Climate change is bipartisan issue
Starting Nov. 4, President Trump is expected to formally begin pulling out of the Paris Agreement.
I believe that this is a mistake, both for our country as a whole and for Tennessee. Many of us remember the flooding caused in recent years by Hurricane Florence and other storms, as well as historic droughts across much of our state.
According to NASA, 97% of scientists agree that climate change is real and caused by fossil fuels.
Shifts in the jet stream helped enable Hurricane Florence to dump so much rain over us and western North Carolina. In the future, as the ocean’s surface warms, most scientists agree that hurricanes will be stronger and travel farther north, potentially harming East Tennessee and other regions that historically haven’t been as impacted by tropical storms.
In short, climate change is already here, and it’s far from a partisan issue. I have friends on both sides of the aisle who support increased investment in renewable energy research and climate science.
Lamar Alexander in his recent 10-point plan acknowledged that climate change is real, and investing in renewables can help grow our economy.
As a member of the UN Association and other student groups, I’ve been honored to collaborate with members of RepublicEn and many other young people from all political persuasions who support action on climate. America has the potential to be a real leader, and we should choose to lead, rather than withdrawing from the world stage.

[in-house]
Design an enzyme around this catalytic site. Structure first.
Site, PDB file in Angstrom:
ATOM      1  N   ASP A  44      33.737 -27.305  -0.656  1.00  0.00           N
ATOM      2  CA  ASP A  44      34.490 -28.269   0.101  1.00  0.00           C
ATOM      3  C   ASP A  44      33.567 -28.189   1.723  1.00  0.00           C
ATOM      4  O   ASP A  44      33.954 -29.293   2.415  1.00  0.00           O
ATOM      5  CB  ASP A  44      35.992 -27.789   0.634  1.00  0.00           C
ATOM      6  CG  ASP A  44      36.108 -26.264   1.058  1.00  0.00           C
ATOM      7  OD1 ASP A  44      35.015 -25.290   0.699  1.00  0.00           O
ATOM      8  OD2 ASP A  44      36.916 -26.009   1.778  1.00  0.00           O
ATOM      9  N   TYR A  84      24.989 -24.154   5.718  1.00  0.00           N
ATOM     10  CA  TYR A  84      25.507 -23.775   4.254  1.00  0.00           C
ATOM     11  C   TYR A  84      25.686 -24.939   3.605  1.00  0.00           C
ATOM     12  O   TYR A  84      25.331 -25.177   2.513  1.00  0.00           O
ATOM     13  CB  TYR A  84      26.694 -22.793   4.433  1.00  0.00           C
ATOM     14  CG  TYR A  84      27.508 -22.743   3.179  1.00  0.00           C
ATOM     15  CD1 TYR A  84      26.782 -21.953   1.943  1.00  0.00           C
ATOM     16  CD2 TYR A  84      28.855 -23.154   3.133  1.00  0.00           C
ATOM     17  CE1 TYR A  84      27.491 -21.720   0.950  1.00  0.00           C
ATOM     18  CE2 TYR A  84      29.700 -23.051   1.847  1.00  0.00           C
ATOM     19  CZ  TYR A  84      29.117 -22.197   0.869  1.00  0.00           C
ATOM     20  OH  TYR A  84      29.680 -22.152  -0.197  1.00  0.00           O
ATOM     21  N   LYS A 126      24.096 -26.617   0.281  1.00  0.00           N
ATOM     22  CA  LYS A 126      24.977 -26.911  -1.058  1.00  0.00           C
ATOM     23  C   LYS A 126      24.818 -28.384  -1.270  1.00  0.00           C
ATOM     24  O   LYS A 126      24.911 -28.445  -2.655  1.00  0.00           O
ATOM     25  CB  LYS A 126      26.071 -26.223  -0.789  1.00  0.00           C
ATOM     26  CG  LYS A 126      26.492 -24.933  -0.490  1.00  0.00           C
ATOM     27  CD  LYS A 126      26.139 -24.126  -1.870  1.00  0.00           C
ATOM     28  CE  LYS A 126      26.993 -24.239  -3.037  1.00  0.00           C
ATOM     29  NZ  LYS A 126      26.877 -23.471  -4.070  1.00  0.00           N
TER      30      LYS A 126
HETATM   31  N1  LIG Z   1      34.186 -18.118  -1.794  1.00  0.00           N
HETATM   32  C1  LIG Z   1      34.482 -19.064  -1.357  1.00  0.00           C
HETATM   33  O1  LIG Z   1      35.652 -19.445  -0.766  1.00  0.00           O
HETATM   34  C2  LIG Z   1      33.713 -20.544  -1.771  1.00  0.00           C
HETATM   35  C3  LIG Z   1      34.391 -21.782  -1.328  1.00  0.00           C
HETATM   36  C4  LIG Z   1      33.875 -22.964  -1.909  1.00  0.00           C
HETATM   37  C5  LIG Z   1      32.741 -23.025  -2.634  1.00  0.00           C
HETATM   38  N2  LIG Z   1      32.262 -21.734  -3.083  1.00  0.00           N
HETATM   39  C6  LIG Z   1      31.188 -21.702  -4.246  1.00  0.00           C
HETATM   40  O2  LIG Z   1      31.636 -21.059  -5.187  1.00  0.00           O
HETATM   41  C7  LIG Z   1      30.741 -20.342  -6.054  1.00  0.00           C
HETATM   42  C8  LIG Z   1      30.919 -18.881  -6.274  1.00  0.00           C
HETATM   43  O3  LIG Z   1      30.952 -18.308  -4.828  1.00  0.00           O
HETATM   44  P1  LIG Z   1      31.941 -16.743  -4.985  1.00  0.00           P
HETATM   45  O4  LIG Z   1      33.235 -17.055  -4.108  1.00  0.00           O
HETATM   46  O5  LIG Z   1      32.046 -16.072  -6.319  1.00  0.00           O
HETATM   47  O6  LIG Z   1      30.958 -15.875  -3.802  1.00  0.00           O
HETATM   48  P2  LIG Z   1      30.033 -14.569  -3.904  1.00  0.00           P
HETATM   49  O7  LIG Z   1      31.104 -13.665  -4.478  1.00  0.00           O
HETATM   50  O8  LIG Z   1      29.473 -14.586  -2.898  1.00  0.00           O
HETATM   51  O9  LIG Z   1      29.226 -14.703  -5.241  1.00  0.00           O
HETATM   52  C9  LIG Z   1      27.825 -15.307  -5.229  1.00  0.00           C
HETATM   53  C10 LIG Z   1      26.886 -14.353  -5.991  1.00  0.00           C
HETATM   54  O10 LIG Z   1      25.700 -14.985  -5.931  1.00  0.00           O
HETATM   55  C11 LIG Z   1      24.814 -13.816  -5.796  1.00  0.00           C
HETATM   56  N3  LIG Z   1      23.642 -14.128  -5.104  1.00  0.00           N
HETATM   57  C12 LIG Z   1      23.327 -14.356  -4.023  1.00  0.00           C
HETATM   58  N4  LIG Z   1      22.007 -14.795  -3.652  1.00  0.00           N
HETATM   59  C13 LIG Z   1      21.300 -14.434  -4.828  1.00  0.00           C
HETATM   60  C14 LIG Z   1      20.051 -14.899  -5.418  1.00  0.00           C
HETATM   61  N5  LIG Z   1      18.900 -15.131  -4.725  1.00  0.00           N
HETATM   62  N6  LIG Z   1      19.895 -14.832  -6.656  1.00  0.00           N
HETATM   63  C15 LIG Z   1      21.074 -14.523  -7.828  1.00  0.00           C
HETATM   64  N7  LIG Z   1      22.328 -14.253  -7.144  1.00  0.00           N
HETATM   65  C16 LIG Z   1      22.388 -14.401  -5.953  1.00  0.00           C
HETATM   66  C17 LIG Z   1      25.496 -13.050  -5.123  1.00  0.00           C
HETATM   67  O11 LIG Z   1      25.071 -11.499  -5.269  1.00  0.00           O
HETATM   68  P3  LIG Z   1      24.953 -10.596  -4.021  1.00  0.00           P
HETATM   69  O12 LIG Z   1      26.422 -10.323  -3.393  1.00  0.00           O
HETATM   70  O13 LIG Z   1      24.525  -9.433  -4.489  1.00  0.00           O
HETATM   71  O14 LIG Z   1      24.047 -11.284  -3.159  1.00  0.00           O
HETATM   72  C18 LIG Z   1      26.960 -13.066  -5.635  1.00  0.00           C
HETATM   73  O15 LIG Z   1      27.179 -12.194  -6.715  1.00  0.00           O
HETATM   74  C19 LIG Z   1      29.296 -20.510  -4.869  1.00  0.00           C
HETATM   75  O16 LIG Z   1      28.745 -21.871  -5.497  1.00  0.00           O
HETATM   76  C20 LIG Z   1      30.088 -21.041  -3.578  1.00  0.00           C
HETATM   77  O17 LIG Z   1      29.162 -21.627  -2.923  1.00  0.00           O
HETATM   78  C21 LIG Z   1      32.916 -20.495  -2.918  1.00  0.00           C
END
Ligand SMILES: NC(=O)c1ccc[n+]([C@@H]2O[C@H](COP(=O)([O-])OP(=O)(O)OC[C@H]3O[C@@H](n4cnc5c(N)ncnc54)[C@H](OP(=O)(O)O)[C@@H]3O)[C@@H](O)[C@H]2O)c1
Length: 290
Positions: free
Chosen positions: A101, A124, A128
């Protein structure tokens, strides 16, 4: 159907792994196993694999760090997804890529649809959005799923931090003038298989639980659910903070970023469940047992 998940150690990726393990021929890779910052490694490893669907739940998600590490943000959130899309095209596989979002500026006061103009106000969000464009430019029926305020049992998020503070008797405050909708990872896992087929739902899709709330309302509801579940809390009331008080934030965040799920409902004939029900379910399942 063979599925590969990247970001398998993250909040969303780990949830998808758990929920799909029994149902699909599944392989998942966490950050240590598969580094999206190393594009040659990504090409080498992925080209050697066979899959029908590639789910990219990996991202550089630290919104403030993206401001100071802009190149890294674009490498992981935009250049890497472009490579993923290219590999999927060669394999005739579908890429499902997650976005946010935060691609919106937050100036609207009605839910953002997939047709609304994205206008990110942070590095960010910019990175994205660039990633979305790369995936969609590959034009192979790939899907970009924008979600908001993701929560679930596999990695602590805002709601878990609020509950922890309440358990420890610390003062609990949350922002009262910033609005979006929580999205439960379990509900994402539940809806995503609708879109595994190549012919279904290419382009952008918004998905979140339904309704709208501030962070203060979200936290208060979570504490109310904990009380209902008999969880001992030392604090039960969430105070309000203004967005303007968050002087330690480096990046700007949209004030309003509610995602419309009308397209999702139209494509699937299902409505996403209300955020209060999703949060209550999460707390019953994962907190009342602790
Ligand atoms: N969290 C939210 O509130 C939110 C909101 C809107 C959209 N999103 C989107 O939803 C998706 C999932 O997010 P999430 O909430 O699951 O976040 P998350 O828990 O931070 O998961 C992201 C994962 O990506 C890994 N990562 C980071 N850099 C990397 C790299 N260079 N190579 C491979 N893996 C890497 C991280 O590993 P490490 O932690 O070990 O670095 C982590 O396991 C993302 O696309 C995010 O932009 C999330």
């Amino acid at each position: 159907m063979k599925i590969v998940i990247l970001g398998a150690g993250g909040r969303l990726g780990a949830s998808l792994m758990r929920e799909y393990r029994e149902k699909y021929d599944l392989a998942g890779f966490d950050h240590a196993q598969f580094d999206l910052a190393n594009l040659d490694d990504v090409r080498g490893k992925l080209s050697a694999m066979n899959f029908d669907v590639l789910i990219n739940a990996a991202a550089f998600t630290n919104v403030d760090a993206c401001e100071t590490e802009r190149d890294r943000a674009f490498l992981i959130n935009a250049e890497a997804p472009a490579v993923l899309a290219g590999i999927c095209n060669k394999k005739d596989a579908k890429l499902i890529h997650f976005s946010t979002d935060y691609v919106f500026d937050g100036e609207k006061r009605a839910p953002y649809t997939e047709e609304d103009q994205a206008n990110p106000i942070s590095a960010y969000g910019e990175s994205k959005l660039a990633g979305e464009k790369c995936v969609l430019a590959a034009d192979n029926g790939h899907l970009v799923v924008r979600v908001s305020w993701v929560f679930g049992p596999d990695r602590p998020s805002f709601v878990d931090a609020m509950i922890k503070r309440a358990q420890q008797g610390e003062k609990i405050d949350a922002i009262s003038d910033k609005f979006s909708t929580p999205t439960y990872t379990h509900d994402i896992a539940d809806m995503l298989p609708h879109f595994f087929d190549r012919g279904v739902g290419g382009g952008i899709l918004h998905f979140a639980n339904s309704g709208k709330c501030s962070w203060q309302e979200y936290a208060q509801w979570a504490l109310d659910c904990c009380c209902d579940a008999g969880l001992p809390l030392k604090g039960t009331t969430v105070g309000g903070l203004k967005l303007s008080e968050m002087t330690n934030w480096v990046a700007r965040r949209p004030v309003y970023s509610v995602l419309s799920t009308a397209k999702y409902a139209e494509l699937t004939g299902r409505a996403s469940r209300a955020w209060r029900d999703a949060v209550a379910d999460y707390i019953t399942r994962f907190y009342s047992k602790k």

Today’s heroes are not as super
I recently ran across a CW Network show called “Batwoman.” Now, I understand Batgirl from the old 60s TV series had to grow up. But, after all, the series was just a parody of Bob Kane’s creation, a masked avenger that fights crime when he’s not Bruce Wayne, a millionaire playboy.
Bob Kane said later if he had known what TV was going to do with his Zorro-based character, he would never have agreed to it. But, he also said that when his characters were chosen to make the 1943 and 1948 movie serials, he was disappointed to find they were made on the cheap. He was satisfied with the Michael Keaton movies and extremely satisfied with Christian Bale took over.
But it’s not just Batman. We have Supergirl, which I can see. In the early 50s, DC Comics had Superboy, Superbaby and Superman.
Before that though, we had Captain Marvel, a creation of Whiz Comics from the 30s that beat Superman to the live action format with the release in 1941 of the “Adventures of Captain Marvel,” a 12-chapter play. DC sued, but were not allowed to use the Captain Marvel name in their stories. Theirs was called “Shazam,” which was actually the name of an ancient wise man, for the Billy Batson alter ego. We still have a Shazam character in kids’ movies today.
So, now we also have a female Captain Marvel, plus the parody of the original. That kind of lampoons the whole Whiz Comics portrayal of who Captain Marvel was. Some things are better left in their original state. You’re better off to buy a copy of the 1941 serial and watch what a good adaptation of the Whiz creation is like. But, I guess after all, it’s just fiction, right?